Return to site

The missing playground

By Pheona Nakishero

Growing up with siblings, cousins and neighbors, we were never short of reasons for conflict. ‘I don’t want to be the one who eats the last slice of bread,’ or ‘why don’t you want to play my game?’ Anything and everything could start out friendly and end up in an under-ten light weight boxing match - the kind that was so heated that after we were separated from each other and asked what started the fight, we just could not put a finger on it. If we did not get a dose of action at the vacant piece of land turned playground nearby, we got a good slipper swatting to our backsides because we got carried away and came back home at dark.

I distinctly remember my sister asking me to talk for one of her dolls until the day I said, “enough is enough!” I wanted a little time to sit in a corner, read a book and recharge. The introverted among us may say an amen. At the time, it was the perfect escape. I have grown up since then and met other people who like me enjoy a good book and some quiet space. The book lovers! I cannot say I knew many growing up, nor did I have much opportunity to enjoy a storybook in peace.

Earlier this year, while facilitating a couple of community reading days with the enjuba team, I was a little envious of the children. When we toured the PEFO Community Library I thought, “where was this stuff when I was growing up?” Their library is designed to appeal to children and has plenty of reading, drawing and writing activities. PEFO, Marko Lukoya and the communities they serve in Jinja and Mukono respectively, are among the beneficiaries of book donations through enjuba’s partnership with the African Library Project.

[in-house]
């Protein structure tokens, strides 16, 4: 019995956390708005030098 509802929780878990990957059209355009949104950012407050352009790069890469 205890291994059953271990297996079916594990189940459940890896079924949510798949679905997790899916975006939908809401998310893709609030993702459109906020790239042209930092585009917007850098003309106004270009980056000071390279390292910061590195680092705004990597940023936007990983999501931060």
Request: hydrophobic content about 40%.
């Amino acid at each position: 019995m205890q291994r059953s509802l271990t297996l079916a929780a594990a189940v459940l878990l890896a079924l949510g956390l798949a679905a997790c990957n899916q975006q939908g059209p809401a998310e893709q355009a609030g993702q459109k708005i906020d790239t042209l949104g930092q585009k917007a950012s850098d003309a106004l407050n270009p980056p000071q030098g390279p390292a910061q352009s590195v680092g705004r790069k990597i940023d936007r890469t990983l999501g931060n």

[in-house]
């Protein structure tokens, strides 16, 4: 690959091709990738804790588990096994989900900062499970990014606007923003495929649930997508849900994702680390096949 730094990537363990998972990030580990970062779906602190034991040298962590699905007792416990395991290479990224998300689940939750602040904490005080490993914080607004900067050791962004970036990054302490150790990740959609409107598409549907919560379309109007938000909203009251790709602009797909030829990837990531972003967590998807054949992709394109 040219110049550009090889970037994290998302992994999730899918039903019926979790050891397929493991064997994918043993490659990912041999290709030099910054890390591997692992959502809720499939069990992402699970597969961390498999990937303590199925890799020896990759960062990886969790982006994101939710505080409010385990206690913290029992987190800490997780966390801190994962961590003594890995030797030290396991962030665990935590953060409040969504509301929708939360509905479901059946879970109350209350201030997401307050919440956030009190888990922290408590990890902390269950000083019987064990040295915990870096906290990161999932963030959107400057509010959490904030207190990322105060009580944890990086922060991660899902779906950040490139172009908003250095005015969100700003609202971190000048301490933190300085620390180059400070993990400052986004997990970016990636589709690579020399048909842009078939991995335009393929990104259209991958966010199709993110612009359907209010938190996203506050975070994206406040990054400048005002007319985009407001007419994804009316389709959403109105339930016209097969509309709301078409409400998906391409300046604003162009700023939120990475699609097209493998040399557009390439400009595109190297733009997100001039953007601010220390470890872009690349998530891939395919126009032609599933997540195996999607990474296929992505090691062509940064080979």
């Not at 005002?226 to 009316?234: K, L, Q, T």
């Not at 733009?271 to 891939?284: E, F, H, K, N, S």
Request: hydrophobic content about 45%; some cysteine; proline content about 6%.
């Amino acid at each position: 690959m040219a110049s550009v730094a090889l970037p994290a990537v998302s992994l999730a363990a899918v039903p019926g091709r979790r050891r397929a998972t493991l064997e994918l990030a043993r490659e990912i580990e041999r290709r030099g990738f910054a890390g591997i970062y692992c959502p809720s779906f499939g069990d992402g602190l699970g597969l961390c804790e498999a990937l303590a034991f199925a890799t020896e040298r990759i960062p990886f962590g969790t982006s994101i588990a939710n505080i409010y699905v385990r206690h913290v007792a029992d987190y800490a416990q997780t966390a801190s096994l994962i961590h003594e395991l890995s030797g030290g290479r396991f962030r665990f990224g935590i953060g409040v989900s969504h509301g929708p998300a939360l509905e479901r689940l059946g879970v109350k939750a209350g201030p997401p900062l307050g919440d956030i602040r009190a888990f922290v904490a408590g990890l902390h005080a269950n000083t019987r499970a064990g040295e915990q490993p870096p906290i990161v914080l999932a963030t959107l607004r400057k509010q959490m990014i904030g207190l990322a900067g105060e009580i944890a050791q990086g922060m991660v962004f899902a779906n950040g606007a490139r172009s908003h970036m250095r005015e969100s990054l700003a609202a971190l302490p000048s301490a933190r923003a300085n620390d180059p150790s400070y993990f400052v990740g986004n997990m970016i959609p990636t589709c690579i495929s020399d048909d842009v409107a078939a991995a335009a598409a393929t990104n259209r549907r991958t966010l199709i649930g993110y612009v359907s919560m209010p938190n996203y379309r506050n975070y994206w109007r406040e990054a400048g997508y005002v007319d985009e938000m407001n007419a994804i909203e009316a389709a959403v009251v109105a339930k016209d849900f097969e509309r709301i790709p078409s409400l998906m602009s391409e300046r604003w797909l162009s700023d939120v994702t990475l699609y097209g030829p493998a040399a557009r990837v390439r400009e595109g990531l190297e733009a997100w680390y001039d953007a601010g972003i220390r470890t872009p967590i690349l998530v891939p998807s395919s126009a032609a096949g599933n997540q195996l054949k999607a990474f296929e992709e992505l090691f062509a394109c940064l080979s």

broken image

Uganda has one of the youngest populations in the world. Statistics show that between 2009-2019, 46.5% of the population were aged between 0-14years. Every year about 1,200,000 children are born in Uganda. Each of these children has a right to an education and a right to enjoy play-time. Yet limited access to reading material may inhibit children’s self-motivation to learn from books as a form of play. A research done by Timothy Bates and Stuart Ritchie shows a positive correlation between early reading skills and socio-economic status in the future. 

For many children who do not have books at home, community libraries remain accessible to them when schools are closed and support schools that do not have libraries or adequate books during the school term. Uganda has about 32 public libraries and the Uganda Community Library Association boasts of over 100-member libraries. Through this program, schools libraries as well as new and existing community libraries can apply for donations of up to 1000 age appropriate books to stock their libraries and create a convenient space for book lovers all around the country. 

broken image

If you would like books to start a library in your community, please email us